That said, Israel will respond. It’s consolidating now but is most certainly assessing options, potential targets and methods of execution. The celebration of these attacks across the Islamic world, stitched by solidarity around the storming of Al-Aqsa mosque, has given fresh depth to old fault-lines. The implications for India could be significant.
Blow to US Efforts
First, the attack is a big setback to the ongoing US efforts at normalising ties between Saudi Arabia and Israel. White House had been talking behind closed doors to senators on a possible deal that could involve certain security guarantees to Saudi Arabia.
This was an extension of the US-mediated Abraham Accords of 2020, which normalised ties between Israel and United Arab Emirates, then Bahrain. The Biden administration, after coming to power, had taken its eyes off the region for domestic political reasons, but prospects of a China-brokered Saudi-Iran deal rung enough alarm bells for Washington to shift gears.
The India-Middle East-Europe Economic Corridor (IMEEC), agreed on the margins of the New Delhi G20 Summit, was to be the signature economic project showcasing this political deal as Saudi Arabia would get western assistance to develop a rail network and obtain access to Israel’s Haifa port through Jordan. The attacks have put all of this on a hold.
In fact, the way in which Hamas and Iran-backed Hezbollah group have combined in this attack points to a deliberate attempt at scuttling this normalisation effort. The attacks come days after Iran-aligned Yemen Houthi rebels carried out a drone attack on the Saudi-Yemen border killing at least two Bahraini soldiers.
Audacity and scale
Second, the audacity and scale of the terror attack is likely to inspire a whole set of actors, currently abated for either lack of sponsorship or contained by real time effective intelligence cooperation among countries. Hamas has shown this can be hoodwinked with, of course, backing of willing states.
The finger of suspicion in this case besides Iran is also on Qatar, which, apart from Taliban, has also played host to key members of the Hamas leadership. While Israel contemplates its counterattack, questions around capitals like New Delhi will be on how much of a template could this serve to re-energise Pakistan-based terror groups, especially on the Kashmir issue. Historically, the Pakistan deep state has emulated models and methods from the Israel-Palestine theatre.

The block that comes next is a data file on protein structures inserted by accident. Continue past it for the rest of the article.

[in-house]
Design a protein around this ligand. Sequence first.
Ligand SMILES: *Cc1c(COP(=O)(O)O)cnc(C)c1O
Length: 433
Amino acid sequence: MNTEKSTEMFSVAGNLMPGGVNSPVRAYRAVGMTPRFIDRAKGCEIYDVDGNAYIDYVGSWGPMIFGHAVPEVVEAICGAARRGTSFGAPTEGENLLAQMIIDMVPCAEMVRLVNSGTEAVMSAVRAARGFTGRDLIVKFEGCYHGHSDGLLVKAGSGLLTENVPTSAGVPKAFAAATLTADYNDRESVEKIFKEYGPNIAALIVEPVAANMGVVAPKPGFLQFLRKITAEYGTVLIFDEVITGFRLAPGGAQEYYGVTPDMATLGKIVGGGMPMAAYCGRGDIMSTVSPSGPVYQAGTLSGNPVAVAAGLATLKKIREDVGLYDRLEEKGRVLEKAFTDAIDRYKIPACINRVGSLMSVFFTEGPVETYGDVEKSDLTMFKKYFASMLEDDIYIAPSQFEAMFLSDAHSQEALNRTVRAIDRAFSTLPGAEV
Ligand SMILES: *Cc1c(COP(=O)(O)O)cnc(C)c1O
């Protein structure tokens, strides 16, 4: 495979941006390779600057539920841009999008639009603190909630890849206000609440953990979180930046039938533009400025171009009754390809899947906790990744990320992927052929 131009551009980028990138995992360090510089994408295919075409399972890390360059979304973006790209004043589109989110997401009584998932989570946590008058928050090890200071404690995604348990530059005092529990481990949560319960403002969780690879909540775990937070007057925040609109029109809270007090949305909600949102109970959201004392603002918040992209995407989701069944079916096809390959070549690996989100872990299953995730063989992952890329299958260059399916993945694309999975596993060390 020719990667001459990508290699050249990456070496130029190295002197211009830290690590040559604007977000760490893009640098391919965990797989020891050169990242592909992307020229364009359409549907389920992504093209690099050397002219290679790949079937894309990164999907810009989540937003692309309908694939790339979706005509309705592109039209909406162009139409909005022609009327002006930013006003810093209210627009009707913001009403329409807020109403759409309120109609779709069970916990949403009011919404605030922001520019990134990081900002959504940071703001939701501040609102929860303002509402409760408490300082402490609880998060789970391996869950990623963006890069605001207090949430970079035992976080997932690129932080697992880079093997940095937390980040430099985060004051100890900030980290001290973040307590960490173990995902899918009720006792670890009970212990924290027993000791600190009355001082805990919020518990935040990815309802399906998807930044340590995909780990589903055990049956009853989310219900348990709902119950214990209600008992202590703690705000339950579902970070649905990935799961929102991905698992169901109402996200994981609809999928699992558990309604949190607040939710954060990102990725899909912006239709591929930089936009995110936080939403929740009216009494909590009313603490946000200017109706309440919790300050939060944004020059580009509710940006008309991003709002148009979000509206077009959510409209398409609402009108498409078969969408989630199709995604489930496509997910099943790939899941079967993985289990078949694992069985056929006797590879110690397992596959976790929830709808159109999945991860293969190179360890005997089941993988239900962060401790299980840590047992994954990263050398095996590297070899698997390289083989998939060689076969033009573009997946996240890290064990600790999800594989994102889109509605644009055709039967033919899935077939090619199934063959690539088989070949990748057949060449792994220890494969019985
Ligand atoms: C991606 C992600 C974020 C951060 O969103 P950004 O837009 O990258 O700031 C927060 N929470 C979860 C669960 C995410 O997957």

Third, from a larger geopolitical standpoint, the US focus may shift to the West Asia theatre from the Indo-Pacific. The last five-to-six years has seen the West on a ‘withdrawal mode’ from the region, starting with the Qatar deal on installing a Taliban government in Afghanistan and removal of four patriot anti-missile systems from the region in 2020-21, two of which were deployed to protect Saudi oil assets.
Initially, ruling regimes in many of these countries worked hard at curbing Islamic fundamentalism. This brought benefit to countries like India, which stitched new security arrangements with UAE and Saudi Arabia. But soon, competing powers wanted to fill the power vacuum left by the US – Saudi turned to China, Iran looked to Russia and so on.
Eventually, Washington decided to pivot back a bit. But as this attack has shown, strategic re-entry is likely to be more violent than expected.
For the rest, including India, it’s back to the drawing board in West Asia, where a forgettable familiar past of Islamic extremism and terror has made a dangerous comeback – reverberations of which will travel faster, possibly felt longer.